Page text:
“Well, it started with my Granddad’s mother. She lost two fingers when a horse she was leading bolted and they got caught in the harness. Still, he met my Gran and they married, but then just after my Dad and my uncles were born, Gran’s sister-in-law, my Great Aunt Avril, died in prison.”
“In prison! Blimey!”
“Yeah, it was 1911 I think. She was in there for setting a pillar box alight. She was a Suffragette, you see. Then just a few years later, Gran lost my Granddad. He died at the Battle of Mons.”
“Crikey, that’s hard,” he uttered. “But what about your Mum, over there in the dance hall? She was lucky enough to have you, wasn’t she?”
She drew long and hard on her cigarette before replying. “Actually, that’s my stepmother. I only call her that because she’s the only mother I’ve known. My real Mum died giving birth to me. Aunt Enid didn’t do much better. The train she was on derailed two years after she had my cousin Jack. She lived as a cripple for four years before passing away. Aunt Jennifer wasn’t even as lucky as her. She died of consumption three years after she married Uncle Cedric. And now there’s me. Not only did I never know my real Mum, but I never did well in school, my best friend moved away to London, the family’s hard up and…”
Suddenly, she stopped herself. She extinguished her cigarette savagely in the ashtray. “Hang on! Why am I telling you all this? I hardly know you!”
He extinguished his too and smiled at her. “Maybe you do know me,” he said. “Because we’ve both lost a mother, ain’t we? You could say we’ve both had some hard luck in our lives, don’t you think so?”
She began smiling too. “You’re right, Bill. You’re absolutely right.”
At that moment, the theatre lights went down and the curtains parted. The show was about to start.
A SHORT TIME LATER
When the winner’s name was announced, she clapped and squealed until her hands and throat were sore. He clapped too, then patted her on the back.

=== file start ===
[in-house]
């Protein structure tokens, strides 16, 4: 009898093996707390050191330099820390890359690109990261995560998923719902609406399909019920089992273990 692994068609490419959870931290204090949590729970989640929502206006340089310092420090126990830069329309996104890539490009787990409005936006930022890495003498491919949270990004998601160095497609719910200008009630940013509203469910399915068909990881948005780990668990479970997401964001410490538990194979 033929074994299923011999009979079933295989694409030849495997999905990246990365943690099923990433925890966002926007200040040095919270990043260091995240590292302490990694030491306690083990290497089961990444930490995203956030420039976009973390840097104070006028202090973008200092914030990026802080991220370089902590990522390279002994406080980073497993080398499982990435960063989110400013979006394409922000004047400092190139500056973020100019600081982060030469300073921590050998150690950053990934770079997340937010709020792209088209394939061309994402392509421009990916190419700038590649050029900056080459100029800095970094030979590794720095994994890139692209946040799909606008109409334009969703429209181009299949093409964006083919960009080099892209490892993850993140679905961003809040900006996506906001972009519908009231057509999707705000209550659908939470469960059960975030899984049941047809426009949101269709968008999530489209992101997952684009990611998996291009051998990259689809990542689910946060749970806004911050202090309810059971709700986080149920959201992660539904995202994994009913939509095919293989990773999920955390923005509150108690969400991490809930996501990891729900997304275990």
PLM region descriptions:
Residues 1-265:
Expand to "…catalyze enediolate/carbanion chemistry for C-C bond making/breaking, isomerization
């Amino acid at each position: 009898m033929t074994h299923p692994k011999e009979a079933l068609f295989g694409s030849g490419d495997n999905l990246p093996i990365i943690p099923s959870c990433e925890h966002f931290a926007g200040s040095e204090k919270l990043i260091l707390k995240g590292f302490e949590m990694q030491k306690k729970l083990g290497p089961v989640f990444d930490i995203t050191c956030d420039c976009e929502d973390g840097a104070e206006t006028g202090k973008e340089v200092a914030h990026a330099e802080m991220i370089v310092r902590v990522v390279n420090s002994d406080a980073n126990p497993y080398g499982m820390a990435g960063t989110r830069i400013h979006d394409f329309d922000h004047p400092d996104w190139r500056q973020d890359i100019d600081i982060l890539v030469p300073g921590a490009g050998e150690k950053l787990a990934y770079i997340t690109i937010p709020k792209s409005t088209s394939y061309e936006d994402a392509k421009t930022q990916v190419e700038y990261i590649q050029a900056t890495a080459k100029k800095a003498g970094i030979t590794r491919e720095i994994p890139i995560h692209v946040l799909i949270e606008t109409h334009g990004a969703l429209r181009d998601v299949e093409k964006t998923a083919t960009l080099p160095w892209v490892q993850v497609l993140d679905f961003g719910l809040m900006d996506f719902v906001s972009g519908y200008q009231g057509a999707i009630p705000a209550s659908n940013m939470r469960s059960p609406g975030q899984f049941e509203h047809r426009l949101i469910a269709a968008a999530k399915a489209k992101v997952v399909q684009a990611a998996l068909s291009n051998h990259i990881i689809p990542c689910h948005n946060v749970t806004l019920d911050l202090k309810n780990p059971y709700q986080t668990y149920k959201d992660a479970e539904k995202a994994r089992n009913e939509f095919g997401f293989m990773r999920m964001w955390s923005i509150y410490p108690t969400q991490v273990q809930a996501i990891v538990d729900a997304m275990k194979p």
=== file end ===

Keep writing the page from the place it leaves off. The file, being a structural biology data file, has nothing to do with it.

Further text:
“I don’t believe it! She actually won! Just wait ‘til Mum and Dad hear about this! What a wonderful surprise!”
“It’s no surprise to me, Gladys,” he said with a smile. “You were wrong, you know. The women of your family aren’t unlucky.”
She looked at him darkly. “What do you mean?”
“I mean the women the bad luck happened to weren’t born into your family. Think about it. Your aunties were the ones who married your Gran’s sons, weren’t they? Just like your great-gran, the one with the missing fingers, married your great-granddad. And your real Mum was the one who married your father. So you see, the unlucky women weren’t originally blood relatives. And even they weren’t unlucky, because they all found love, didn’t they?”
She couldn’t help but stare at him in wonder, for she realised he was exactly right. What a perceptive man he was! And what a wonderful light there was in those clear brown eyes…
“Do you know what, Bill?” she said.
She softly placed her hands on top of his.
“I think I’ve just found myself a good luck charm. And I intend to keep him around.”
EASTBOURNE, 62 YEARS LATER
“Hello, listeners! This is Danny Pike reporting for BBC Radio Sussex at the Congress Theatre in Eastbourne. Tonight, this town is hosting the All-New Glamourous Grandmother Competition. This contest, once staged at Butlin’s holiday camps, has been revived by an influential local resident.
“Gladys Weaver opened the Passion Pink beauty parlour in Lewes back in 1958, with the help of her husband Bill. In later years she was pub landlady, chairwoman of her local Women’s Institute and a member of East Sussex County Council. Her daughters, Mary and Connie, also have successful careers and families of their own.
“Now aged 80, Gladys is not only a key figure in organising this event, but also one of the contestants! And she’s with me now! Gladys, I must say, you look stunning in that orange silk dress! I love the lilac rosettes down the sides! Tell me, what are your reasons for bringing back this contest? Is it to do with your fact your own grandmother, Honour, won the contest at Butlin’s in 1954?”
“That’s right, Danny, but not in the way you might think.”
“Oh, you’ve intrigued me, Gladys. Tell me why, then.”
“It’s because that night, for the first time in my life, I truly felt lucky.”